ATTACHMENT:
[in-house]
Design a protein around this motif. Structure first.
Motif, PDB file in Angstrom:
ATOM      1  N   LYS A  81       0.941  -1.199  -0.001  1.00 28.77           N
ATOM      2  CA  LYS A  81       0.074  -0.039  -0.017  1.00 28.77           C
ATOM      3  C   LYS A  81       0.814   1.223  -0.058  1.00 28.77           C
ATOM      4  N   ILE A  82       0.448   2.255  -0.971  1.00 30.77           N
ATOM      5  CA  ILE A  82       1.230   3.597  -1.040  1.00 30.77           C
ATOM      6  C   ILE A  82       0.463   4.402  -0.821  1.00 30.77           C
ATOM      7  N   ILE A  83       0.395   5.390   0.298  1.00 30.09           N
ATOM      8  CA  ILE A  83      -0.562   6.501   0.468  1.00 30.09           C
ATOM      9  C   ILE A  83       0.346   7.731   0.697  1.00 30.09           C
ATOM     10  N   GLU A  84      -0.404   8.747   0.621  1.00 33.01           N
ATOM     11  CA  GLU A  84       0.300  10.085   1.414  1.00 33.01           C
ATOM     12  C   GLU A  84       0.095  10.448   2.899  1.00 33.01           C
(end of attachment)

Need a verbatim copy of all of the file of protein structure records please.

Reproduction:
[in-house]
Design a protein around this motif. Structure first.
Motif, PDB file in Angstrom:
ATOM      1  N   LYS A  81       0.941  -1.199  -0.001  1.00 28.77           N
ATOM      2  CA  LYS A  81       0.074  -0.039  -0.017  1.00 28.77           C
ATOM      3  C   LYS A  81       0.814   1.223  -0.058  1.00 28.77           C
ATOM      4  N   ILE A  82       0.448   2.255  -0.971  1.00 30.77           N
ATOM      5  CA  ILE A  82       1.230   3.597  -1.040  1.00 30.77           C
ATOM      6  C   ILE A  82       0.463   4.402  -0.821  1.00 30.77           C
ATOM      7  N   ILE A  83       0.395   5.390   0.298  1.00 30.09           N
ATOM      8  CA  ILE A  83      -0.562   6.501   0.468  1.00 30.09           C
ATOM      9  C   ILE A  83       0.346   7.731   0.697  1.00 30.09           C
ATOM     10  N   GLU A  84      -0.404   8.747   0.621  1.00 33.01           N
ATOM     11  CA  GLU A  84       0.300  10.085   1.414  1.00 33.01           C
ATOM     12  C   GLU A  84       0.095  10.448   2.899  1.00 33.01           C